United States District Court, District of Colorado
ORDER GRANTING IN PART AND DENYING IN PART PLAINTIFF’S MOTION IN LIMINE AND DENYING DEFENDANT’S MOTION IN LIMINE
William J. Martínez United States District Judge
Plaintiff Andrea Smith (“Plaintiff”) brings this action against her former employer, Tom W. Clyde, O.D., P.C., doing business as Pikes Peak Eye Care (“Defendant”), for discrimination based on sex in violation of Title VII of the Civil Rights Act, 42 U.S.C. §§ 2000e, et seq. (ECF No. 1.) This matter is set for a four-day jury trial commencing on Monday, April 6, 2015, with the Final Trial Preparation Conference set for March 20, 2015. (ECF No. 40.) This matter is before the Court on the parties’ Motions in Limine (“Motions”). (ECF Nos. 46 & 49.) For the reasons set forth below, Plaintiff’s Motion is granted in part and denied in part, and Defendant’s Motion is denied in its entirety.
The parties’ Motions seek evidentiary rulings on the following evidence prior to trial: (1) Plaintiff’s 2003 convictions for felony drug possession, theft, and criminal impersonation; (2) additional evidence to prove stipulated facts, beyond the stated facts contained in the Final Pretrial Order; (3) the testimony of Lana Zaller and Keith Sanchez; (4) evidence of Plaintiff’s use of Facebook; (5) the testimony of Laura Haynes; and (6) evidence of Plaintiff’s list of prescription medications. (ECF Nos. 46 & 49.) The Court will discuss each category of evidence in turn.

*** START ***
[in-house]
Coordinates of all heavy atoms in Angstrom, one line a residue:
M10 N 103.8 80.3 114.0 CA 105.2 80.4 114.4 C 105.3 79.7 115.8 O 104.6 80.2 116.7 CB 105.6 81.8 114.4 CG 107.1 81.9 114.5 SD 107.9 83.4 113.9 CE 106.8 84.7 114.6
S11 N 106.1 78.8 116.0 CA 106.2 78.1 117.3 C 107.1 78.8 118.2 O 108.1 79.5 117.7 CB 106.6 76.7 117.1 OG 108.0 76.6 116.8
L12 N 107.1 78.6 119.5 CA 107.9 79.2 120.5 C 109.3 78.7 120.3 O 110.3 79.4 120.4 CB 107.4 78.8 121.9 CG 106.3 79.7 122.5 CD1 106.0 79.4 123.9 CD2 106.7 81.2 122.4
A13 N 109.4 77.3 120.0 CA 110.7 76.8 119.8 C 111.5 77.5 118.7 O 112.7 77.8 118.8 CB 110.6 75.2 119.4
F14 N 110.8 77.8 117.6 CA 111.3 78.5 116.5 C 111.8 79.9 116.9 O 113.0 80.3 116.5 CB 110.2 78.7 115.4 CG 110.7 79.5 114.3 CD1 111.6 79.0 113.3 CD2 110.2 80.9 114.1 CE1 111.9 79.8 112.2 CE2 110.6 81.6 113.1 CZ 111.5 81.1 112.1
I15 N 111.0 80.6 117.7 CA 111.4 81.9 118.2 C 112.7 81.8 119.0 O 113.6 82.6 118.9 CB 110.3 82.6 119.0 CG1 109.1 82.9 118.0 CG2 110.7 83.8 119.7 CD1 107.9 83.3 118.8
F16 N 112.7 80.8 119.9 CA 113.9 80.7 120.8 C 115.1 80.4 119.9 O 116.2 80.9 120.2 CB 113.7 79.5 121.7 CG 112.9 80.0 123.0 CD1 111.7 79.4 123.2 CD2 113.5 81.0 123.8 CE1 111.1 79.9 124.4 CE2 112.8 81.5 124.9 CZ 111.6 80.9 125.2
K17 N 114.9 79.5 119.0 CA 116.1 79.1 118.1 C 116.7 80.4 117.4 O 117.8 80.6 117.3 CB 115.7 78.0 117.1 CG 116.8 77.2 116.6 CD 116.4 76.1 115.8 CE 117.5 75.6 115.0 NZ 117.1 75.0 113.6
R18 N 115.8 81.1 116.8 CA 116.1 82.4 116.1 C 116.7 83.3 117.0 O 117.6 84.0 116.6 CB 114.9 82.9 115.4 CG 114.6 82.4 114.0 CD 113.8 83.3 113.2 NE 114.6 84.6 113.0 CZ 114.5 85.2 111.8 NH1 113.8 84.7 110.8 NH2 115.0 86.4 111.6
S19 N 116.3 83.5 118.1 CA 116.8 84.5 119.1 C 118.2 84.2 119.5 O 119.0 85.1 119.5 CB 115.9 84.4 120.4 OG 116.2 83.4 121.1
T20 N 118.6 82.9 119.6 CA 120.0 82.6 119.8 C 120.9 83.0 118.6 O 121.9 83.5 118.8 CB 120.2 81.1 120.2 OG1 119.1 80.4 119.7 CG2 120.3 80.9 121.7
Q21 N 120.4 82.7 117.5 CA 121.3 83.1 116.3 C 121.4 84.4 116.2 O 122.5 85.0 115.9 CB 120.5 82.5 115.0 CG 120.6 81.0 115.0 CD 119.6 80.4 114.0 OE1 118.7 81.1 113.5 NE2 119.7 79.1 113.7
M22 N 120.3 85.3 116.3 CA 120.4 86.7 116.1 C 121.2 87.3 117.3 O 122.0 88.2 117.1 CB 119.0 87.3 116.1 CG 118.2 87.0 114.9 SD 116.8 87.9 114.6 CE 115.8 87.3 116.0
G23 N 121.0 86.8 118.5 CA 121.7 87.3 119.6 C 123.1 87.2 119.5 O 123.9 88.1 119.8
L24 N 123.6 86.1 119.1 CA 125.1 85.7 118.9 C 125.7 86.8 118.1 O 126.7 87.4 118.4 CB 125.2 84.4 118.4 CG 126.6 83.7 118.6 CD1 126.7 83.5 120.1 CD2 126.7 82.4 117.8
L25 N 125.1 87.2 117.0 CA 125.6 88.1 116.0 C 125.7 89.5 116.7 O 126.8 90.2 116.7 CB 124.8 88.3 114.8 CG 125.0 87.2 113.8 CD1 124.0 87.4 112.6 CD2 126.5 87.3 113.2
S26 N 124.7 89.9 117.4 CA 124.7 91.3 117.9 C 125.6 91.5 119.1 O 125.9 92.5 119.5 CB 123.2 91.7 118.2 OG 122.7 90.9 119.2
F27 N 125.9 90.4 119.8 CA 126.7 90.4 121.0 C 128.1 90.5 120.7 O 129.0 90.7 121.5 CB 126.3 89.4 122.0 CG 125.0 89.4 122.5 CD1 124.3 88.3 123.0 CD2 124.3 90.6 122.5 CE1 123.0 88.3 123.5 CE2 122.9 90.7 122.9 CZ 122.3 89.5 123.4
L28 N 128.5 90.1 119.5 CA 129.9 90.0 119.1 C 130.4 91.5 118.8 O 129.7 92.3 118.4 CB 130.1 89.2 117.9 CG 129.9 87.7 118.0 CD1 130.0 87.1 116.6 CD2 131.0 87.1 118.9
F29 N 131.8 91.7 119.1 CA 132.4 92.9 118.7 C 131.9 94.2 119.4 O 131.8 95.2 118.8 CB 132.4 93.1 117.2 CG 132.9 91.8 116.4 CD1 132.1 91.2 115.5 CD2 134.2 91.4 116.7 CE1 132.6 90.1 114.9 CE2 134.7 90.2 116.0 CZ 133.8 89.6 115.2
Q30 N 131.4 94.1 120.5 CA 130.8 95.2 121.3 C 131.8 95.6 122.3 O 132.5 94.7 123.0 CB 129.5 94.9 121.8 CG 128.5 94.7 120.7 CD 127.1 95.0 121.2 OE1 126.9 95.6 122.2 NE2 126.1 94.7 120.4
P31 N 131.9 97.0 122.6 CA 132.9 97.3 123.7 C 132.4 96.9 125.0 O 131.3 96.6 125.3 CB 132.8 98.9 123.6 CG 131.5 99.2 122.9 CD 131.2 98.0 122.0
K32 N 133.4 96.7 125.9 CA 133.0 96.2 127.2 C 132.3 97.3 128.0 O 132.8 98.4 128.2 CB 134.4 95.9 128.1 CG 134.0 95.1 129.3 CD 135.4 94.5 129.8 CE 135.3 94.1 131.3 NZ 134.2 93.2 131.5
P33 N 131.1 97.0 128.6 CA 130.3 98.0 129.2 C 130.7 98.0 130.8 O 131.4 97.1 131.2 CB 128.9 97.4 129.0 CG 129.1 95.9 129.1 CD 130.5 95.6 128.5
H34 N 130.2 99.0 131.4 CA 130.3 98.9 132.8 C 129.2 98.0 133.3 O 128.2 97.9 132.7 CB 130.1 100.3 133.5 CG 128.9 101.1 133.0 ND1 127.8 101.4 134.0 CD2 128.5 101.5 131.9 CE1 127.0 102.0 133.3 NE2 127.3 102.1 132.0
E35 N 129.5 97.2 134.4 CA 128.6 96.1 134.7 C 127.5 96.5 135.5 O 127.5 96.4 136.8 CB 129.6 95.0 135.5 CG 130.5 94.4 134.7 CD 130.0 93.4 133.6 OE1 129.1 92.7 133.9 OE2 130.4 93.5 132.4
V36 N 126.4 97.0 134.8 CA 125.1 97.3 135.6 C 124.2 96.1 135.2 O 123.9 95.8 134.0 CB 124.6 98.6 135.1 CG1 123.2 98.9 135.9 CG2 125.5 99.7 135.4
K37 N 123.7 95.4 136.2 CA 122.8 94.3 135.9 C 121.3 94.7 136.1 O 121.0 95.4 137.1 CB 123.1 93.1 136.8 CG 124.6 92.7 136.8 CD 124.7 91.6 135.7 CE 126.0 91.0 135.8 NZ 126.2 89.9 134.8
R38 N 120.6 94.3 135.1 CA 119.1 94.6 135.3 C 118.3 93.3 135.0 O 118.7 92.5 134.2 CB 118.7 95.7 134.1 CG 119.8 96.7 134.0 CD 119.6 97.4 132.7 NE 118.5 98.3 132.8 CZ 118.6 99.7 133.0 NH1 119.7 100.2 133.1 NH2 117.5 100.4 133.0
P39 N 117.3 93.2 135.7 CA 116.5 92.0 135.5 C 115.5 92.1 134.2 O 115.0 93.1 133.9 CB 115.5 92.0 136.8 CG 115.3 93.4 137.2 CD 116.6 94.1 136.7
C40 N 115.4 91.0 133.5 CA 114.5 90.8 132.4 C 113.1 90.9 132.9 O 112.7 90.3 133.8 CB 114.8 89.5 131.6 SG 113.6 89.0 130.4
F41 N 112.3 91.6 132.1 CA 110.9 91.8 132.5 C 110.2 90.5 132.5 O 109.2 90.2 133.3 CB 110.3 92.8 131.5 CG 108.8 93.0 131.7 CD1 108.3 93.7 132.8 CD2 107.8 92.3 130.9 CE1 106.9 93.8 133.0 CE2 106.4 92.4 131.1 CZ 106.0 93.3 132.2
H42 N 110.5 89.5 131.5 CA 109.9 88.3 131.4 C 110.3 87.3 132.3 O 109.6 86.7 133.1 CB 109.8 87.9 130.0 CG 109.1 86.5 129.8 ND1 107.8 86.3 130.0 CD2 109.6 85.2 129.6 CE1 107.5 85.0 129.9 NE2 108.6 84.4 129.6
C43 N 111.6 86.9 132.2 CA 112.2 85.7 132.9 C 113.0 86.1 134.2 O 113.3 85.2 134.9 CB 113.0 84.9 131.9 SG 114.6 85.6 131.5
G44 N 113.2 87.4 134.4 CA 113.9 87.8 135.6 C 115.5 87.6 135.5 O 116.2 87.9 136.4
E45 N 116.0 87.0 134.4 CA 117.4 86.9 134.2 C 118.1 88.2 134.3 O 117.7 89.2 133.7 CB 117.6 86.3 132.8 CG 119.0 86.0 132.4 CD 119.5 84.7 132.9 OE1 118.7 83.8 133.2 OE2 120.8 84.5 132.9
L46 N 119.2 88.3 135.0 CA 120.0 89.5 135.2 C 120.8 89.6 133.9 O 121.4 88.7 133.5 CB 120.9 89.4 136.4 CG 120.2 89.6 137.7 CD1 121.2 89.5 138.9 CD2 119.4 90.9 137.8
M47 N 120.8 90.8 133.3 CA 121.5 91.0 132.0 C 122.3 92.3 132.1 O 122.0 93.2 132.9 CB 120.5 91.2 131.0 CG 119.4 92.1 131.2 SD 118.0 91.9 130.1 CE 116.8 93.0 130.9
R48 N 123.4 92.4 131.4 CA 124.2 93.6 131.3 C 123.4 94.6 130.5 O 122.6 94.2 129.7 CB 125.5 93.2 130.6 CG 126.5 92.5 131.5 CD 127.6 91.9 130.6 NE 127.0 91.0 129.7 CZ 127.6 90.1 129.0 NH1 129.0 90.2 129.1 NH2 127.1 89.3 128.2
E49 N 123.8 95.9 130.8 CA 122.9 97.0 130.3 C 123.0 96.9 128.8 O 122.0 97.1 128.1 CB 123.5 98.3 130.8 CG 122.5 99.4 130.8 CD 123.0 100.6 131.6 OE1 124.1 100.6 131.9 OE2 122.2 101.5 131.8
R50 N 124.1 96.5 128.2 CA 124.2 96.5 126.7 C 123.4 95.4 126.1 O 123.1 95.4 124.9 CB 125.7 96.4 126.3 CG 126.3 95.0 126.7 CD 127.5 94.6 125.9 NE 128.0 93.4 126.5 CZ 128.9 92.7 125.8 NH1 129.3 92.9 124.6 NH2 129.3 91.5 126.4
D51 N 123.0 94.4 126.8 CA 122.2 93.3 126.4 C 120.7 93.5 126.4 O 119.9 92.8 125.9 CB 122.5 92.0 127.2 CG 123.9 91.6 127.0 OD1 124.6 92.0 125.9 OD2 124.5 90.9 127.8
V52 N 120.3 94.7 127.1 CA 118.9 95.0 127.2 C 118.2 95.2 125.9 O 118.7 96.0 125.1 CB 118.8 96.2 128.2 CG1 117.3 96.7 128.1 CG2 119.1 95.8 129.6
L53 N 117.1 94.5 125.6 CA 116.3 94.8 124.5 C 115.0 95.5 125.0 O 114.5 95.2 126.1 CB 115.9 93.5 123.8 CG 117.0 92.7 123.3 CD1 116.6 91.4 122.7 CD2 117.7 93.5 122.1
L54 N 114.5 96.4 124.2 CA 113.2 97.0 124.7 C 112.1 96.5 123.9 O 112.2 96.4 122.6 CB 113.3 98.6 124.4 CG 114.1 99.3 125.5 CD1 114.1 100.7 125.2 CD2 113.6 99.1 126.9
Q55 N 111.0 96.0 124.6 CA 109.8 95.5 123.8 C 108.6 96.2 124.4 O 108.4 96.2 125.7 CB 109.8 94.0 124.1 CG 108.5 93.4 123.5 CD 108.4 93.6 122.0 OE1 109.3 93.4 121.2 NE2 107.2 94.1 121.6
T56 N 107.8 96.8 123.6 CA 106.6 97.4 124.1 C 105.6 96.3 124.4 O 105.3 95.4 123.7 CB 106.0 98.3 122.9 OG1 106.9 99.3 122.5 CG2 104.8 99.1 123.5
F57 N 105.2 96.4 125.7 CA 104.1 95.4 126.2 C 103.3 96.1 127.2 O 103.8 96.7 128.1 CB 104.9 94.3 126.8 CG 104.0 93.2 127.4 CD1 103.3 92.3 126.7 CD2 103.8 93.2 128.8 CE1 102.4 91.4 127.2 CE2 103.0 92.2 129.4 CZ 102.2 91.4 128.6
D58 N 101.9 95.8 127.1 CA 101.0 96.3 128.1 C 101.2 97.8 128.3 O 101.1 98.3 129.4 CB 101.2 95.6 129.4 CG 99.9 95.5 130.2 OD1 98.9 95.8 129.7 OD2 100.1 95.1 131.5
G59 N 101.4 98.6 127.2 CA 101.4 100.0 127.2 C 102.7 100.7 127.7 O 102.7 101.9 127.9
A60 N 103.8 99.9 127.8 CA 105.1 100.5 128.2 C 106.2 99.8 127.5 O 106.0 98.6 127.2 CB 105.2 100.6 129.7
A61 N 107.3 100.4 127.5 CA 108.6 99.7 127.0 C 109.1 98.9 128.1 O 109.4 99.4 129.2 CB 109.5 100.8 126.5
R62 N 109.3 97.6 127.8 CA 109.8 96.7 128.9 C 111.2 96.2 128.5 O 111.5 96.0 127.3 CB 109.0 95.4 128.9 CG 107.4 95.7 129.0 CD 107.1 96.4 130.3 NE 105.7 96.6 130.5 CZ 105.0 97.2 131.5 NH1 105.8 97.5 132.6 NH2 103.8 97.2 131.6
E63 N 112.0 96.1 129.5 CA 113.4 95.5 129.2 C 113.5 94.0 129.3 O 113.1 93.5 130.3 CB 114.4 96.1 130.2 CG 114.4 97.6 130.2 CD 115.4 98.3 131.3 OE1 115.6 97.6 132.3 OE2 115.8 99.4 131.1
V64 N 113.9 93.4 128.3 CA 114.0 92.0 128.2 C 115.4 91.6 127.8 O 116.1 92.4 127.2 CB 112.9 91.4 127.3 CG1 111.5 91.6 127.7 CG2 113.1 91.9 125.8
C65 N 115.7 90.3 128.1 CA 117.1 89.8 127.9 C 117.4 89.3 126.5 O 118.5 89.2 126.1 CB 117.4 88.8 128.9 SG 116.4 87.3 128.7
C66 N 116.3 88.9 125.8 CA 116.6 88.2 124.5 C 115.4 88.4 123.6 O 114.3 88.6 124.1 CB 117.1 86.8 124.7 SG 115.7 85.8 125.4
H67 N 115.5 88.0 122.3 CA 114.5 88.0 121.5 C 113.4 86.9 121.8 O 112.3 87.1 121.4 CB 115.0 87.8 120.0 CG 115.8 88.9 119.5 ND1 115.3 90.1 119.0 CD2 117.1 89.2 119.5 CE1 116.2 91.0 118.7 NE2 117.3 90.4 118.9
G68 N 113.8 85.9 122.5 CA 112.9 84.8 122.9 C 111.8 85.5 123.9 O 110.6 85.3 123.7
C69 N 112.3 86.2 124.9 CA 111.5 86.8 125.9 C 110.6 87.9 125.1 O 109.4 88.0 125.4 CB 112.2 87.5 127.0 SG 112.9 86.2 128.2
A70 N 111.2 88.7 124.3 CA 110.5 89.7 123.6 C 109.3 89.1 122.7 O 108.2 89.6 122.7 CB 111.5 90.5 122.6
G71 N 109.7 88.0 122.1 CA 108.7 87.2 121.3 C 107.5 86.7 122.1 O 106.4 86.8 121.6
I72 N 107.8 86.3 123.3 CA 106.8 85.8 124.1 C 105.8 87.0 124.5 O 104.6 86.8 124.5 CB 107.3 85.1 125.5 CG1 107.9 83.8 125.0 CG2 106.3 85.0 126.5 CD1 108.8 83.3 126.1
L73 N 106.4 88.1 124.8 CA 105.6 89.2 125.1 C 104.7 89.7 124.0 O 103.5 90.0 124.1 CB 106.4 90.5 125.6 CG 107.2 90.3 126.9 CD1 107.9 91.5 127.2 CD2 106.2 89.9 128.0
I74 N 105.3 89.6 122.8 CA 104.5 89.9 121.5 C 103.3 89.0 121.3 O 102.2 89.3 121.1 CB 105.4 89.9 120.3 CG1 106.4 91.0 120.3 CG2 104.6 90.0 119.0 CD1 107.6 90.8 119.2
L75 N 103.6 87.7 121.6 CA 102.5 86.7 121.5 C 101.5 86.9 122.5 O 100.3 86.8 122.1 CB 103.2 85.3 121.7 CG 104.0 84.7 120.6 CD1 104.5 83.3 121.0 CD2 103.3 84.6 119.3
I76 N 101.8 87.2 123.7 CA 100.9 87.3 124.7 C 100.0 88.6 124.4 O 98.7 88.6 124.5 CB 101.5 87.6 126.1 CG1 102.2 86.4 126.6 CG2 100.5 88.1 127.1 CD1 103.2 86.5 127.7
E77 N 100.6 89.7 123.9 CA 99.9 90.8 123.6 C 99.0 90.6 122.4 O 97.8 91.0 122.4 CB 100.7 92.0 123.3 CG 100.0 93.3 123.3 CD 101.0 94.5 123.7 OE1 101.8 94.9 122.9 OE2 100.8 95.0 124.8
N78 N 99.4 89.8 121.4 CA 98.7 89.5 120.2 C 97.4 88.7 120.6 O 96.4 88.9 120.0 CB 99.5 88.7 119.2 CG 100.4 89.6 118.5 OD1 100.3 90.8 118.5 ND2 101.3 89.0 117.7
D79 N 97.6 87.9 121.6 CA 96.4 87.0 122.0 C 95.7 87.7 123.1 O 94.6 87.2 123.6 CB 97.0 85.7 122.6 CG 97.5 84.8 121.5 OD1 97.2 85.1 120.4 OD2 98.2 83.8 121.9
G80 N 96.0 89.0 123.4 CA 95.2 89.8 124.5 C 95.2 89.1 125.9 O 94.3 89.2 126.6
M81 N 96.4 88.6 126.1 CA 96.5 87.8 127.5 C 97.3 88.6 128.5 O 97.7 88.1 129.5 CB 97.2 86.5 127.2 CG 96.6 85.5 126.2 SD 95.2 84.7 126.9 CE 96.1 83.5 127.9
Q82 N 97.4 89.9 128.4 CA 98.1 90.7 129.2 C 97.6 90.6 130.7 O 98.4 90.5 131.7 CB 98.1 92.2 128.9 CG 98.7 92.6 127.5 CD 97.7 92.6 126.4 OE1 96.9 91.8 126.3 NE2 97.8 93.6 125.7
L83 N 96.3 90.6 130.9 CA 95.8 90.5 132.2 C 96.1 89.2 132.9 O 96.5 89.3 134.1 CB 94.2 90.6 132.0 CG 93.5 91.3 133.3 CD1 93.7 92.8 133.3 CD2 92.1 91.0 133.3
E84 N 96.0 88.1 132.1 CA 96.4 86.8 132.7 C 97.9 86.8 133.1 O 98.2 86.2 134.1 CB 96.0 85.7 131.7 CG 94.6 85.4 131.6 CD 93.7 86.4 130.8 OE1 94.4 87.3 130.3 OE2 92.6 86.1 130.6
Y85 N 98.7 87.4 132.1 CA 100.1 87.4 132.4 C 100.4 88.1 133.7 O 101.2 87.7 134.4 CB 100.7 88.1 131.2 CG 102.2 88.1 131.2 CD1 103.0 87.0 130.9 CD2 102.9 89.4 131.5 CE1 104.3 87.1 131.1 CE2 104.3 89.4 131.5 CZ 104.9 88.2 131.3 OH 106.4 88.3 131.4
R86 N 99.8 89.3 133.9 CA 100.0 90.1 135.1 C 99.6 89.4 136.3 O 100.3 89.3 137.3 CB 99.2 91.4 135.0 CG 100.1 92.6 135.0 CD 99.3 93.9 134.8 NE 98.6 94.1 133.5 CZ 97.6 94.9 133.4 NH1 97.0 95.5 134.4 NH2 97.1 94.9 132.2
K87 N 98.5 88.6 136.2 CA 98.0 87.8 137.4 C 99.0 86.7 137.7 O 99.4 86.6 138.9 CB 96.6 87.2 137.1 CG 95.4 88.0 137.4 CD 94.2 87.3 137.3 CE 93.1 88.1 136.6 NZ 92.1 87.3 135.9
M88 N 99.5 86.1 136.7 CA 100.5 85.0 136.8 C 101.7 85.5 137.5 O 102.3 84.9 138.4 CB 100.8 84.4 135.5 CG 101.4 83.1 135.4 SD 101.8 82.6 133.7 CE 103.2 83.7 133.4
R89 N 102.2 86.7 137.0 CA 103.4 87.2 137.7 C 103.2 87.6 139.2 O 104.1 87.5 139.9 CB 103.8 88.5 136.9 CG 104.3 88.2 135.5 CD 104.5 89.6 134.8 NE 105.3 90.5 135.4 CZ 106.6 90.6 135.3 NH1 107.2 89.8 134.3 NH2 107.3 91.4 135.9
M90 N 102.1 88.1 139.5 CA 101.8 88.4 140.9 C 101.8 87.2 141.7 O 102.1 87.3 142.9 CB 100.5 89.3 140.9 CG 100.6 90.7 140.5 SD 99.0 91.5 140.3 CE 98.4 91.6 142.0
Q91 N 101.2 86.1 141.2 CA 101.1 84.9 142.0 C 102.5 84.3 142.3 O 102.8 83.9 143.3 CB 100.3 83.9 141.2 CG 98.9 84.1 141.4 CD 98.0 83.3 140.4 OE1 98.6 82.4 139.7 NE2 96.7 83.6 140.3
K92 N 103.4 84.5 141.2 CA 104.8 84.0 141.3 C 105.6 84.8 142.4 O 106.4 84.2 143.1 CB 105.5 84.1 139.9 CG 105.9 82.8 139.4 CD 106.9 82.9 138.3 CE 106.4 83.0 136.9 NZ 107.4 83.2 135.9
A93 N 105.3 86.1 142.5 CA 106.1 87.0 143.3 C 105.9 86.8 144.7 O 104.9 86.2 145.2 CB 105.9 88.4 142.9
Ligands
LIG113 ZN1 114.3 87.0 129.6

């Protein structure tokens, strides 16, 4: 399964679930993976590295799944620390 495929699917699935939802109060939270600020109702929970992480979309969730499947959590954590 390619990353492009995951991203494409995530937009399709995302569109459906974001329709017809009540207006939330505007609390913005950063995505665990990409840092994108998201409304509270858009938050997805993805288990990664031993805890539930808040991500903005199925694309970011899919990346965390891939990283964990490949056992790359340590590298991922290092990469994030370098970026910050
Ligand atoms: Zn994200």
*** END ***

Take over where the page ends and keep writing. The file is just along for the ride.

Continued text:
A. Plaintiff’s Prior Convictions
Both parties’ Motions seek a ruling as to Plaintiff’s convictions for felony drug possession, theft, and criminal impersonation; Plaintiff moves to exclude such evidence under Federal Rule of Evidence 609(b), while Defendant moves to allow its introduction under the same rule. (ECF Nos. 46 at 2-5; 49 at 2-3.)
Federal Rule of Evidence 609 governs when and how a witness’s prior conviction may be used at trial:
(a) In General. The following rules apply to attacking a witness’s character for truthfulness by evidence of a criminal conviction:
(1) for a crime that, in the convicting jurisdiction, was punishable by death or by imprisonment for more than one year, the evidence:
(A) must be admitted, subject to Rule 403, in a civil case or in a criminal case in which the witness is not a defendant; and
(B) must be admitted in a criminal case in which the witness is a defendant, if the probative value of the evidence outweighs its prejudicial effect to that defendant; and
(2) for any crime regardless of the punishment, the evidence must be admitted if the court can readily determine that establishing the elements of the crime required proving-or the witness’s admitting-a dishonest act or false statement.
(b) Limit on Using the Evidence After 10 Years. This subdivision (b) applies if more than 10 years have passed since the witness’s conviction or release from confinement for it, whichever is ...